Three Once-Maligned Foods That Are Good for Your Heart

Eggs were once believed to be unhealthy for the heart but we now know more about their health benefits and impact on heart health

When it comes to the healthfulness of certain foods, we often see flip-flopping in the scientific community. This is especially true for the three foods we will be discussing today. Of course, we must get proper nutrition, but it is also important to consider how we get it. The three foods we will discuss have alternately been called super nutritious and harmful for you at different times in the past. Today we will put those questions to rest!

First is the egg.

Eggs are a staple in the American diet. Just think of how many breakfast items and desserts include them as the main ingredient. All you have to do is take stock of how many eggs you buy weekly or monthly.

There was, for a time, concern about egg yolks. They are a significant source of cholesterol and saturated fat. On the other hand, the whites consist of healthy, lean protein. But does the cholesterol and fat in an egg truly concern us as cardiologists? The answer is a resounding no.

Along with the cholesterol and saturated fat comes a host of nutrients, vitamins, and protein that are decidedly good for the heart. Instead of worrying about whether you should eat an egg or not, think about how you prepare it. Suppose you fried in butter – not so great. Nicely poached? Fantastic! Same with what you eat alongside the egg. Hash browns and home fries are decidedly less healthy than a nice fruit side. Similarly, substitute whole grain bread for white or multi-grain. Try to avoid orange juice and opt for sugarless coffee or, the best option, water.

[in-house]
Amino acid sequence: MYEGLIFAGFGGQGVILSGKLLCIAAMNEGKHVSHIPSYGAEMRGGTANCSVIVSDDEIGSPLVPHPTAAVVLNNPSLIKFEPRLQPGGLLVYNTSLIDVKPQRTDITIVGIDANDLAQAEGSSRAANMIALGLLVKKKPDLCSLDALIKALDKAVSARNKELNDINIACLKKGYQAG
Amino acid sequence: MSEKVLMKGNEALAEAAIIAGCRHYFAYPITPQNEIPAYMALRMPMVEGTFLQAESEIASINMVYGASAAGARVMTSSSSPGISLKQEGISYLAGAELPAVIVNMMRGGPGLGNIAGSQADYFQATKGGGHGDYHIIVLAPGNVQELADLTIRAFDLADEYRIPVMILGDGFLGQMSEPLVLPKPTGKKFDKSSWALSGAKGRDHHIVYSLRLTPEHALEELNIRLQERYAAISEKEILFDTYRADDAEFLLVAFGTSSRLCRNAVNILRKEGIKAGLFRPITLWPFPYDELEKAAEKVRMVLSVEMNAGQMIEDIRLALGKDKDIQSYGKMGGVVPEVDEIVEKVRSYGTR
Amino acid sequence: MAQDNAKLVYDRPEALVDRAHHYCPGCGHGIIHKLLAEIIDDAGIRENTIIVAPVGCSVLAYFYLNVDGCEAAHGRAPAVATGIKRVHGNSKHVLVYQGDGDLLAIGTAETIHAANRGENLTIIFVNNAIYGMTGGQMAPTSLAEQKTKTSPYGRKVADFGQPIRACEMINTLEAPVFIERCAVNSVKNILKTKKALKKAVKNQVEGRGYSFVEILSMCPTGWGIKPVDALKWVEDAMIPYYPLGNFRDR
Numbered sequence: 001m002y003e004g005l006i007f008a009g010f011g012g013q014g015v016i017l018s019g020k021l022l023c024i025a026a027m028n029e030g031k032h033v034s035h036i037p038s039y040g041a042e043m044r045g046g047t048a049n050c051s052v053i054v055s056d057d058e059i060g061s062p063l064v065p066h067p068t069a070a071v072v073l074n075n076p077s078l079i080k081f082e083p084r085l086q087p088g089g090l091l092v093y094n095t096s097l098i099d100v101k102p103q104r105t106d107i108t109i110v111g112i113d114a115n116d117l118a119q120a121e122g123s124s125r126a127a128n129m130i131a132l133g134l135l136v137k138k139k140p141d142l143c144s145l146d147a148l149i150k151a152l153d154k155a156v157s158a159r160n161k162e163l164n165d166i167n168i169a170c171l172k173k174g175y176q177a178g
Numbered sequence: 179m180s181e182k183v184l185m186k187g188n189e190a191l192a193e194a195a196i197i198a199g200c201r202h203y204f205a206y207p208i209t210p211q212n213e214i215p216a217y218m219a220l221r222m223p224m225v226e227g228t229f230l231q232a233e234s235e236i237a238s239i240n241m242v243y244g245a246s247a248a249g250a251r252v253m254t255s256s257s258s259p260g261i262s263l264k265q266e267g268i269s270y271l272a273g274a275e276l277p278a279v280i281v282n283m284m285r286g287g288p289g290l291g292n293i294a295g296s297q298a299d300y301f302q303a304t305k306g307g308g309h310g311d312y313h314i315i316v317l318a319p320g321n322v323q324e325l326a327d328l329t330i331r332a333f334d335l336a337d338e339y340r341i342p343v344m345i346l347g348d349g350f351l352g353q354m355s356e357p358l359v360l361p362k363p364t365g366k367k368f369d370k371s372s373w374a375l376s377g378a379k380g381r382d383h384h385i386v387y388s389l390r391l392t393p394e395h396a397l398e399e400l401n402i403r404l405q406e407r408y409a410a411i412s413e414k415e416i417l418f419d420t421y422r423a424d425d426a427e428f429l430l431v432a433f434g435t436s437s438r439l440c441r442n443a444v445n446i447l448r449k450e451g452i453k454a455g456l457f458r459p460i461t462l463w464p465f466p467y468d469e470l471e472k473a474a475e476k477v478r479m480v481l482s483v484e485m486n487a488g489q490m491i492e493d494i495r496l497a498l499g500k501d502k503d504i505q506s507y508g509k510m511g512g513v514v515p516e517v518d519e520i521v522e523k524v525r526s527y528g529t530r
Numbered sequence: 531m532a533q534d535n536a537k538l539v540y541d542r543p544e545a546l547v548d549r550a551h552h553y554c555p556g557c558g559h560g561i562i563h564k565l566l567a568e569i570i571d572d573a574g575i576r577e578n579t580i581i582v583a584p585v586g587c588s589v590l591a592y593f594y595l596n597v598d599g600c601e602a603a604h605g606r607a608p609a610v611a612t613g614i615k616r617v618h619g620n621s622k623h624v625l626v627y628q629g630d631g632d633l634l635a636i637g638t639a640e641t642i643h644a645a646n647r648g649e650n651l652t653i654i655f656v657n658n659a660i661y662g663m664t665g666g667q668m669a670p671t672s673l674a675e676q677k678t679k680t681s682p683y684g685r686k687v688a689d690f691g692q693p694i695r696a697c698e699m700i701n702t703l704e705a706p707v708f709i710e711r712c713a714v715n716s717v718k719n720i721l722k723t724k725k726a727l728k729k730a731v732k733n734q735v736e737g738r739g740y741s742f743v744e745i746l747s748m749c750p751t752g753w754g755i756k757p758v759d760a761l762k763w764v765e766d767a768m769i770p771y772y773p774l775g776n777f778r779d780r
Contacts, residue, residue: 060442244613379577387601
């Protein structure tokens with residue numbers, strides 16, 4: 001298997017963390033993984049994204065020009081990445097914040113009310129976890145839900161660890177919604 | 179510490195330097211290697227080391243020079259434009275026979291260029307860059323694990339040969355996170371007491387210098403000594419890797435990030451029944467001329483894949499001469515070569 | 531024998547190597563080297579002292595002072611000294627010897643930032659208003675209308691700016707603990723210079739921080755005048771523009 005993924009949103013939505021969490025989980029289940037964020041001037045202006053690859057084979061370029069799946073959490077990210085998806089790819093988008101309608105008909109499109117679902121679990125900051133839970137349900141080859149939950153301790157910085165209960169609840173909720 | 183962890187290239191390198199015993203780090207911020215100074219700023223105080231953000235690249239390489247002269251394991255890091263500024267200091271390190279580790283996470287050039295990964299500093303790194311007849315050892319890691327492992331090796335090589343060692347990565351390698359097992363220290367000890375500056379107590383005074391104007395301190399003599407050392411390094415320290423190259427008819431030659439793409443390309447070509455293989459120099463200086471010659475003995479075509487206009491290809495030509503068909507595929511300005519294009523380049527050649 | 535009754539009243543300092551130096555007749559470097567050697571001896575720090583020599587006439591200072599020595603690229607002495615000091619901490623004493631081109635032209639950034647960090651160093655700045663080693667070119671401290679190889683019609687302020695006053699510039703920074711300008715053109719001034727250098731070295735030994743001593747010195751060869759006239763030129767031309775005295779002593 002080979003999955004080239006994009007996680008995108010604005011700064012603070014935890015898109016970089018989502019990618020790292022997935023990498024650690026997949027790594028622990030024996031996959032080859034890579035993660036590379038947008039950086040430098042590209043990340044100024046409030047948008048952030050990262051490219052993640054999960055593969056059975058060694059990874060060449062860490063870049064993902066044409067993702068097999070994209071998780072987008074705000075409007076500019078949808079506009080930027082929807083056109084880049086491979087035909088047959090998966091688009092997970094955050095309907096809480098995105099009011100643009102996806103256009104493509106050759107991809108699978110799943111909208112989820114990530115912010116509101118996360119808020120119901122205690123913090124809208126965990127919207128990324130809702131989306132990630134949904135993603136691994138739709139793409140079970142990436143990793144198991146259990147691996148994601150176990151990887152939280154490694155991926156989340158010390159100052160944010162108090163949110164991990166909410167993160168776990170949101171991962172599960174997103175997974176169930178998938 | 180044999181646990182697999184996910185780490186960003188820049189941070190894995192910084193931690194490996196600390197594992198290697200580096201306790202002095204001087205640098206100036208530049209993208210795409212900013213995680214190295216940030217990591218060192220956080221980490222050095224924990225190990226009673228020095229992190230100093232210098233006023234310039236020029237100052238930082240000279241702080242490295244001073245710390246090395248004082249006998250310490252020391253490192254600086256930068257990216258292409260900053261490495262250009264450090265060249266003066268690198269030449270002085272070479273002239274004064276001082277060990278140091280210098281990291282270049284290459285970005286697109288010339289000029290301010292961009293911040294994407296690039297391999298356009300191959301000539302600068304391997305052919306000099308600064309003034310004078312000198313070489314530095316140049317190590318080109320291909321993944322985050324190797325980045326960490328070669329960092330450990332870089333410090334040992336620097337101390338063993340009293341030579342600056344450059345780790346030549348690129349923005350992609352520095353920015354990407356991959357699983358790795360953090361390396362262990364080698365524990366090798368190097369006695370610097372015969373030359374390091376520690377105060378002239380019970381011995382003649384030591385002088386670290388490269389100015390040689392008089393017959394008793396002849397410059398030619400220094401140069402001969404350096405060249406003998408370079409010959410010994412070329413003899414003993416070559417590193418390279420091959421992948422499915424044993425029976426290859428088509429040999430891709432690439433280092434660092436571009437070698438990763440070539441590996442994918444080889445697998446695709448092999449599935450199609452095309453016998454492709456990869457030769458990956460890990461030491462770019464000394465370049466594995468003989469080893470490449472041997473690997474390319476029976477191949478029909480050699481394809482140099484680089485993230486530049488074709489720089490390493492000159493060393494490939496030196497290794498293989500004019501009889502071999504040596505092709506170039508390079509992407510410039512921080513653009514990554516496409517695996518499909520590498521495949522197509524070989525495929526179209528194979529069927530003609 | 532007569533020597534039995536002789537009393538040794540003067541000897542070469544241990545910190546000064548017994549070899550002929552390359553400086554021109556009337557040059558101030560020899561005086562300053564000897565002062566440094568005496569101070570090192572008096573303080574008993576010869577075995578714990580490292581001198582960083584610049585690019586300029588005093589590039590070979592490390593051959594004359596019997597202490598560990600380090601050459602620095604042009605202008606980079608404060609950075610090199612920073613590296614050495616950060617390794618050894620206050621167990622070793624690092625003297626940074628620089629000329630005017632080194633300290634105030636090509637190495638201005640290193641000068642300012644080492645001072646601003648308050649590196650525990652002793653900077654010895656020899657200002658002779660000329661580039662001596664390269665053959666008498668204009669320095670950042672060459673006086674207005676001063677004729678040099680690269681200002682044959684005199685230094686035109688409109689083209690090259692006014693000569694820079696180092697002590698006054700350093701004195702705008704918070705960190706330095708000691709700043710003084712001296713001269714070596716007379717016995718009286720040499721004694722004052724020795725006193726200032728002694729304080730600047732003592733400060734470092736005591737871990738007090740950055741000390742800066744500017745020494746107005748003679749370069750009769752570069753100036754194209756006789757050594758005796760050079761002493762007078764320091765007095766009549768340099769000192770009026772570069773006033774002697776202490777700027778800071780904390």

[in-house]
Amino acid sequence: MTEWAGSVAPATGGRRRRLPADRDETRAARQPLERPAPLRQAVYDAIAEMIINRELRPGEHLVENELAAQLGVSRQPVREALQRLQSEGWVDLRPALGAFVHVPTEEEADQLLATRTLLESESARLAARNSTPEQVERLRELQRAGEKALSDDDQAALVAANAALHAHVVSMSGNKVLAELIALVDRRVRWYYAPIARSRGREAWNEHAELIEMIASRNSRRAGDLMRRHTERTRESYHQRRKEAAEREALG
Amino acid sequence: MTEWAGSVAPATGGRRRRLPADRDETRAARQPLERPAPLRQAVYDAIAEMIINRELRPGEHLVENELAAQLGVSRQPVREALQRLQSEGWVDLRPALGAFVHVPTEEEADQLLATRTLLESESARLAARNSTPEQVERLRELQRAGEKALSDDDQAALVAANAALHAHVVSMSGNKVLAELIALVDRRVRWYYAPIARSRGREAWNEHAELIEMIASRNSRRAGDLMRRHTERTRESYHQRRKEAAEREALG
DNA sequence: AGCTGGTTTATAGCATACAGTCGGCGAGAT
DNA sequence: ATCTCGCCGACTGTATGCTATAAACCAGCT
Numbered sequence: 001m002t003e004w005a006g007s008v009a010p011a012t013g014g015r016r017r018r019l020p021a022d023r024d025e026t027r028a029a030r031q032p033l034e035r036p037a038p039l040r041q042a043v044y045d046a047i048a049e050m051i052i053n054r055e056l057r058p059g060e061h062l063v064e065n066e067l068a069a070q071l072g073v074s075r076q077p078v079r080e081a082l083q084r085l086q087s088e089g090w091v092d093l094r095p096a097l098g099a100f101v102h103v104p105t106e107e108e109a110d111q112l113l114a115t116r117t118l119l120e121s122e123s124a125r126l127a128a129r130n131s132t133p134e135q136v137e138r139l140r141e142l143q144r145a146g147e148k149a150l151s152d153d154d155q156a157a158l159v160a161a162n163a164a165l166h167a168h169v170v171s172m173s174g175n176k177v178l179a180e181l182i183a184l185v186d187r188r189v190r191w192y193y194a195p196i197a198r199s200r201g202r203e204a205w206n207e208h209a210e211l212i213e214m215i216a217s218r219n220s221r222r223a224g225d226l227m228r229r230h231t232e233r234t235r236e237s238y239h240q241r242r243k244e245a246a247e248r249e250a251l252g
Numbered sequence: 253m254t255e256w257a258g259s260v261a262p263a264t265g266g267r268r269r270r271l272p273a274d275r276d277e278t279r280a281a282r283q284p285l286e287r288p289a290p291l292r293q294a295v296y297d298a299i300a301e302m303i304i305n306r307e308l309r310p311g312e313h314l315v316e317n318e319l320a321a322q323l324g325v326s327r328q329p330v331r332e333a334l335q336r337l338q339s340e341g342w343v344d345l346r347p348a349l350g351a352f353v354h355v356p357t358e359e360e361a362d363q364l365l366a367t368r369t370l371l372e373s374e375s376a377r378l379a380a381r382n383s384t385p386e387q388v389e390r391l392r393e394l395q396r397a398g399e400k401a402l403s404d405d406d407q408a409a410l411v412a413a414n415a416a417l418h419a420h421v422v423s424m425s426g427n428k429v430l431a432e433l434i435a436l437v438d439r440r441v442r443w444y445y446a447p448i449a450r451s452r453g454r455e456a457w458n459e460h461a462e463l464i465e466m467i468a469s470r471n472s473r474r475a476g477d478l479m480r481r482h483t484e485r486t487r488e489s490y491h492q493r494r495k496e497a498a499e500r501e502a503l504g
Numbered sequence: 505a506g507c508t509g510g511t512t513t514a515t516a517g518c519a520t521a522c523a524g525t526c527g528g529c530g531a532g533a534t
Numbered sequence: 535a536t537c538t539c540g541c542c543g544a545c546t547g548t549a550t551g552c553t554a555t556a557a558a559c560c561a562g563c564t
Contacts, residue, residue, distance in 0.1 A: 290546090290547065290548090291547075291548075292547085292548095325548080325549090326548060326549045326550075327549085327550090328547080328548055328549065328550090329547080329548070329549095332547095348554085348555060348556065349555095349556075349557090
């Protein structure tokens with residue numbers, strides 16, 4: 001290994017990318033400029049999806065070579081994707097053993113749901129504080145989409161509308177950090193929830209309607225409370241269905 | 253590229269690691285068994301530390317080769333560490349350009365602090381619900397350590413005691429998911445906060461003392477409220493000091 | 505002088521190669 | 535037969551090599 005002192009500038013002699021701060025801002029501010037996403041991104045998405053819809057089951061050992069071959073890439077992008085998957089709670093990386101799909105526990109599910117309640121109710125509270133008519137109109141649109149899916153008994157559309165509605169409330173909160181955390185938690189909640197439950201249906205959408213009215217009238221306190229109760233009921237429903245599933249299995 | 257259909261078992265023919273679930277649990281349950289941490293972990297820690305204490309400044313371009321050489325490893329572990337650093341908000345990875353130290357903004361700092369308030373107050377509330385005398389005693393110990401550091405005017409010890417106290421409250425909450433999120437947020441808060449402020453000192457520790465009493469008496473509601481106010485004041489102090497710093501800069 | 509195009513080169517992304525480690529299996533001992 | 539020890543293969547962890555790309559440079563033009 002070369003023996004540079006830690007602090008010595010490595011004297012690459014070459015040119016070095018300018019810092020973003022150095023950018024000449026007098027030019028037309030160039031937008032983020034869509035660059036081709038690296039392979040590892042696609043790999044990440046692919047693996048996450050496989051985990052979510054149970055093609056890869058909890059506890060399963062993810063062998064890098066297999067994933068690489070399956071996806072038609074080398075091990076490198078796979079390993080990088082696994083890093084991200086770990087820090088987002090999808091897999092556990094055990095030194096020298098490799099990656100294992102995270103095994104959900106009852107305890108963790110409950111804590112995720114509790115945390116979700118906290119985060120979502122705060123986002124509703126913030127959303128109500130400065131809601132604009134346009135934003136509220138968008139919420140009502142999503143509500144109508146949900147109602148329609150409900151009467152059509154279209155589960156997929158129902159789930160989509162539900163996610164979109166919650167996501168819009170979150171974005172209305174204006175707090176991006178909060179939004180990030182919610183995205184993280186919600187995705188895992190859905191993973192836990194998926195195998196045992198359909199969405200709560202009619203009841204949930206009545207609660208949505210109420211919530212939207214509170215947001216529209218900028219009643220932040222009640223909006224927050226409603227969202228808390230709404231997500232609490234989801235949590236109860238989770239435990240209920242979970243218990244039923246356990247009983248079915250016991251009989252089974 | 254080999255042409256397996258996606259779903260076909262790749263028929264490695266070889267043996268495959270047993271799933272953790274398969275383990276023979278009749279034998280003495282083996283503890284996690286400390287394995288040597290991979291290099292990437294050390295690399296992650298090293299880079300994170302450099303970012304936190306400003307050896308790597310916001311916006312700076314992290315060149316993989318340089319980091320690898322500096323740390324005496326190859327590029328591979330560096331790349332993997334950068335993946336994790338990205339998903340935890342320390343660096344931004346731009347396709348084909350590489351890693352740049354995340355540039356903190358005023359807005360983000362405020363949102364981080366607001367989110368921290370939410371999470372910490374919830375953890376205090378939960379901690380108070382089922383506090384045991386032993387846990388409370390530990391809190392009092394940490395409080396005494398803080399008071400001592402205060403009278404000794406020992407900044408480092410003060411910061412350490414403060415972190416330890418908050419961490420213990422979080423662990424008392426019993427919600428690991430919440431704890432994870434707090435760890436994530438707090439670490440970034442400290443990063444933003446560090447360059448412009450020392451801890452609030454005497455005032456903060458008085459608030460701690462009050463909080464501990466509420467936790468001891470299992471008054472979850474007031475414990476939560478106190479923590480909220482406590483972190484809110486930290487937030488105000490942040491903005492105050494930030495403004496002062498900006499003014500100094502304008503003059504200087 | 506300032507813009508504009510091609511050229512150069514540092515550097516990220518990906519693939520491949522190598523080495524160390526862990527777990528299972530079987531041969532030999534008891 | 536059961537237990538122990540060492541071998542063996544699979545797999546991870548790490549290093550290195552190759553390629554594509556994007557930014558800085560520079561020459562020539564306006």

Next up is shrimp.

Shrimp and many other shellfish contain a good deal of cholesterol. On the surface, you may think that this would be detrimental to your heart health, but it’s quite the opposite. The cholesterols and fats that flow through our veins differ from the cholesterol we consume naturally in food. This is especially true as it relates to very nutritious and very lean proteins such as shrimp. We suggest that you enjoy shellfish, if you can, regularly. It offers excellent health benefits and even lowers cardiovascular risk when replacing red meat, for example. Here too, the preparation of the shrimp makes a big difference. Boiled shrimp is far healthier than fried shrimp, the latter of which should be avoided, if possible.

Lastly, it is essential to talk about fruit.

On the one hand, we are told to avoid sugar while on the other hand we are encouraged to eat lots of fruits and vegetables. Of course, most fruits contain a significant amount of sugar. What’s the deal? Ultimately, it comes down to added versus natural sugar. Added sugar in processed foods and drinks is genuinely problematic because it can cause metabolic disease. After all, it offers no nutritional value – just empty calories. On the other hand, fruits, especially those low on the glycemic index, offer a host of vitamins and antioxidants that can improve our health and be delicious at the same time.

What you eat, but how you prepare it, can make a big difference in your overall health. The three foods listed above are great examples of how it’s possible to misjudge food simply because of its nutritional label. Instead, it is essential to evaluate the entire dietary picture of the foods you eat.

We encourage you to visit your cardiologist to understand how to improve your diet and exercise program for better heart health. We can offer you guidance on what to eat to ensure that your body’s most crucial muscle keeps pumping efficiently long into the future.